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Osborne unveils package of planning reforms

by on July 16, 2015

The government has unveiled a further package of radical planning reforms as part of a wide-ranging Productivity Plan drawn up by the Treasury and Chancellor George Osborne.

The planning measures include a threat of direct intervention by the Secretary of State over the production of local plans where local authorities are judged to be too slow and the creation of a zonal system for brownfield land involving automatic permission for housing.

In addition, ministers want a tighter planning performance regime which would mean local authorities would be judged to be underperforming if 50 per cent or fewer decisions meet statutory timetables or who fail to process minor applications in line with a significantly tighter “planning guarantee”.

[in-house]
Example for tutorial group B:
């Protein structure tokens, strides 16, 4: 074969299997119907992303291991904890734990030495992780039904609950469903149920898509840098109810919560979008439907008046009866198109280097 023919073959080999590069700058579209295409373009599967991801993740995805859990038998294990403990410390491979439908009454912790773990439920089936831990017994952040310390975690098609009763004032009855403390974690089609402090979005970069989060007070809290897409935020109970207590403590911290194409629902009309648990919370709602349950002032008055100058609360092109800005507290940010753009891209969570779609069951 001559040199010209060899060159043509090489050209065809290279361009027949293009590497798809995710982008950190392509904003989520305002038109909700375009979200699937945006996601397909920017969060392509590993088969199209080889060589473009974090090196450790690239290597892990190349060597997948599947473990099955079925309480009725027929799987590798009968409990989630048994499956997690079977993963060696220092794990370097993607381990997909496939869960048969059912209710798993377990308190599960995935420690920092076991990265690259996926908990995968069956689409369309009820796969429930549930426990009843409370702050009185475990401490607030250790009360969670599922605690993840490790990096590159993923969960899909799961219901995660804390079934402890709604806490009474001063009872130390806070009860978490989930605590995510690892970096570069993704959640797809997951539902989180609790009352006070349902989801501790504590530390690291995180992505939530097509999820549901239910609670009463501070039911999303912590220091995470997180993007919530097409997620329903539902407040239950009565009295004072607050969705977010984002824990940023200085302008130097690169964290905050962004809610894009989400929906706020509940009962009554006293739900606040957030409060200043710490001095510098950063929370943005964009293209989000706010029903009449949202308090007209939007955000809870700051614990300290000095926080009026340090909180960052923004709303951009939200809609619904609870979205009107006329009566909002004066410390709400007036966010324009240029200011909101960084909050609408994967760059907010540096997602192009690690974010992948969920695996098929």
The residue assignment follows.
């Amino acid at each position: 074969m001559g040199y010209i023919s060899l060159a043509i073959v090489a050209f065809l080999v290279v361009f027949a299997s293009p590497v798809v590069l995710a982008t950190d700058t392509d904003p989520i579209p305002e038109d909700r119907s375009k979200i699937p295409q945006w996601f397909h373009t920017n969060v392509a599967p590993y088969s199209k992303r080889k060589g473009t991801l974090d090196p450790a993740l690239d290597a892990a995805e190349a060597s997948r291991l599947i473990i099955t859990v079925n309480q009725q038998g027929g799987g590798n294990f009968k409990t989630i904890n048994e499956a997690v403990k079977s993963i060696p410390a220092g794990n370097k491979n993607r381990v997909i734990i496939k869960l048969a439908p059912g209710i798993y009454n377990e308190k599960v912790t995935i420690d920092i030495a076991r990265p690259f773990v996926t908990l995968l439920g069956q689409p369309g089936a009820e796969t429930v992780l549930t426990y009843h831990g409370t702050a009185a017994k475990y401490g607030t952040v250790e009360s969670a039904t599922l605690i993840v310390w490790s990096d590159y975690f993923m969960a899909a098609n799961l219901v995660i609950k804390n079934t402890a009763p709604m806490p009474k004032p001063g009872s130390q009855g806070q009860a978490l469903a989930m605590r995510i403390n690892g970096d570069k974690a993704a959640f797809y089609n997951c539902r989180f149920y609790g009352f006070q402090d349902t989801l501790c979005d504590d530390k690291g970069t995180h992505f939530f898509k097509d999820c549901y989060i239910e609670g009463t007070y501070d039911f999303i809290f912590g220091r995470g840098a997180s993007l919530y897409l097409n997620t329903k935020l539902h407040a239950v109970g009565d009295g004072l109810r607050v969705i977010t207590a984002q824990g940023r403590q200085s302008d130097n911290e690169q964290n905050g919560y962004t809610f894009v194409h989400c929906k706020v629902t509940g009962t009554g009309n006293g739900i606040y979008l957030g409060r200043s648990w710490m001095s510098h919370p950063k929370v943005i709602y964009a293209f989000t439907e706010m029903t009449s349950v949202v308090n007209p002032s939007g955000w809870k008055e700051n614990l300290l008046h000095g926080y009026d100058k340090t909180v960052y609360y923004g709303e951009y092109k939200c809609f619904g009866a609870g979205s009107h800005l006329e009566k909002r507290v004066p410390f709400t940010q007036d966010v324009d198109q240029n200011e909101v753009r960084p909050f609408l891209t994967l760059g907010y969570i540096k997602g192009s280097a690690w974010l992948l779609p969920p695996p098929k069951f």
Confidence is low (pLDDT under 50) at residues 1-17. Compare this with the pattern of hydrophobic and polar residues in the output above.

Also planned is legislation to allow major infrastructure projects with an element of housing to be considered as part of the Planning Act 2008 regime and treated as nationally significant infrastructure projects (NSIPs).

The government has announced it is scrapping the requirement on new-home developers to offset new-build carbon emissions by making a contribution to carbon reduction elsewhere.

In addition the administration is proposing to extend permitted development rights to taller mobile masts in both protected and non-protected areas in England. A call for evidence on these proposals has been published.

The Productivity Plan also confirms last week’s budget promise of a new roads fund created from all the Vehicle Excise Duty paid on cars registered from April 2017.

This fund will be invested directly in the strategic road network. A second multi-billion pound Road Investment Programme will be published for the period after 2020 before the end of the present parliament.

There has been a mixed response to the proposals, but significantly a similar reaction from planners, developers and local authorities that many of the new measures will only work if the government addresses the severe shortage of funds within local authority planning departments.

View the press release

Roger Milne

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